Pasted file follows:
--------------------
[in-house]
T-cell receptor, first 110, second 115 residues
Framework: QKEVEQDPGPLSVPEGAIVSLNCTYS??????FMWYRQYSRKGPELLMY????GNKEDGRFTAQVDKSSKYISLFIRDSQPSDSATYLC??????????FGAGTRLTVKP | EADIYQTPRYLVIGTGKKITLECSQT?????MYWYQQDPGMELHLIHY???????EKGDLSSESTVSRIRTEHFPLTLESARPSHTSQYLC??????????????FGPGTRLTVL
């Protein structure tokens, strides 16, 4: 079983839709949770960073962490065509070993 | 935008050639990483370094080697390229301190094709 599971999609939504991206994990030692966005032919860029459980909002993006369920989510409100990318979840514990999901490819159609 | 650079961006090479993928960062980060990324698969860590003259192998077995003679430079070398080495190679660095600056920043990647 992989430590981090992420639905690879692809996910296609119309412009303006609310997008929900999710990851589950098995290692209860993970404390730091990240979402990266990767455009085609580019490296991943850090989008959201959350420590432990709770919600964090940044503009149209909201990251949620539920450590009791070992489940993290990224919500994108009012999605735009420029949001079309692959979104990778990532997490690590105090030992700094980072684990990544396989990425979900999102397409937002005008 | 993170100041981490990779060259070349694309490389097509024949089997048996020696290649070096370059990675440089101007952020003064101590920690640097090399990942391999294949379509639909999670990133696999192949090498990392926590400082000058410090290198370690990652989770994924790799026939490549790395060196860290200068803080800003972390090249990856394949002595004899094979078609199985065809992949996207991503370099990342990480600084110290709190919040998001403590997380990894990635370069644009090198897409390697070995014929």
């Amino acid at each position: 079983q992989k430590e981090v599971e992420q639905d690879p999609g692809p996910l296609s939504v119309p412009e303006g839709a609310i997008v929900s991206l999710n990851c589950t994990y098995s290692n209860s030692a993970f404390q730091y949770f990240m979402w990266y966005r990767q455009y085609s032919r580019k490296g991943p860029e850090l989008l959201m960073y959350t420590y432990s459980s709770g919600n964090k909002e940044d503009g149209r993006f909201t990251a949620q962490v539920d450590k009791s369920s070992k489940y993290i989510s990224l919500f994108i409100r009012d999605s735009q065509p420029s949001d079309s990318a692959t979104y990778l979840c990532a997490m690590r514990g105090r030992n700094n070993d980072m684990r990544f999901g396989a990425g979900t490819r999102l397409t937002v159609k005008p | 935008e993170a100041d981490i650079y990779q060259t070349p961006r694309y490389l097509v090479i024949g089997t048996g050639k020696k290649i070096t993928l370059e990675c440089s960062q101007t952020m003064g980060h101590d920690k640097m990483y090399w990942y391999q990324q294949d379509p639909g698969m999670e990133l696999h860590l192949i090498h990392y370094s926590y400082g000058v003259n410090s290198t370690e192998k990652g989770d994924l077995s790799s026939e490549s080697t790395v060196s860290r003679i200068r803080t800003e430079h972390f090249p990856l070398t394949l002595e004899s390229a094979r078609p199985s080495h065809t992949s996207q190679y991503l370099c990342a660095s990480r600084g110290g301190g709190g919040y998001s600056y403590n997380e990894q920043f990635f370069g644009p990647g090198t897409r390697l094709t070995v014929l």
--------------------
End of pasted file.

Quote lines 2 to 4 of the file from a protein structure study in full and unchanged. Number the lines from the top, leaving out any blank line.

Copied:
T-cell receptor, first 110, second 115 residues
Framework: QKEVEQDPGPLSVPEGAIVSLNCTYS??????FMWYRQYSRKGPELLMY????GNKEDGRFTAQVDKSSKYISLFIRDSQPSDSATYLC??????????FGAGTRLTVKP | EADIYQTPRYLVIGTGKKITLECSQT?????MYWYQQDPGMELHLIHY???????EKGDLSSESTVSRIRTEHFPLTLESARPSHTSQYLC??????????????FGPGTRLTVL
């Protein structure tokens, strides 16, 4: 079983839709949770960073962490065509070993 | 935008050639990483370094080697390229301190094709 599971999609939504991206994990030692966005032919860029459980909002993006369920989510409100990318979840514990999901490819159609 | 650079961006090479993928960062980060990324698969860590003259192998077995003679430079070398080495190679660095600056920043990647 992989430590981090992420639905690879692809996910296609119309412009303006609310997008929900999710990851589950098995290692209860993970404390730091990240979402990266990767455009085609580019490296991943850090989008959201959350420590432990709770919600964090940044503009149209909201990251949620539920450590009791070992489940993290990224919500994108009012999605735009420029949001079309692959979104990778990532997490690590105090030992700094980072684990990544396989990425979900999102397409937002005008 | 993170100041981490990779060259070349694309490389097509024949089997048996020696290649070096370059990675440089101007952020003064101590920690640097090399990942391999294949379509639909999670990133696999192949090498990392926590400082000058410090290198370690990652989770994924790799026939490549790395060196860290200068803080800003972390090249990856394949002595004899094979078609199985065809992949996207991503370099990342990480600084110290709190919040998001403590997380990894990635370069644009090198897409390697070995014929």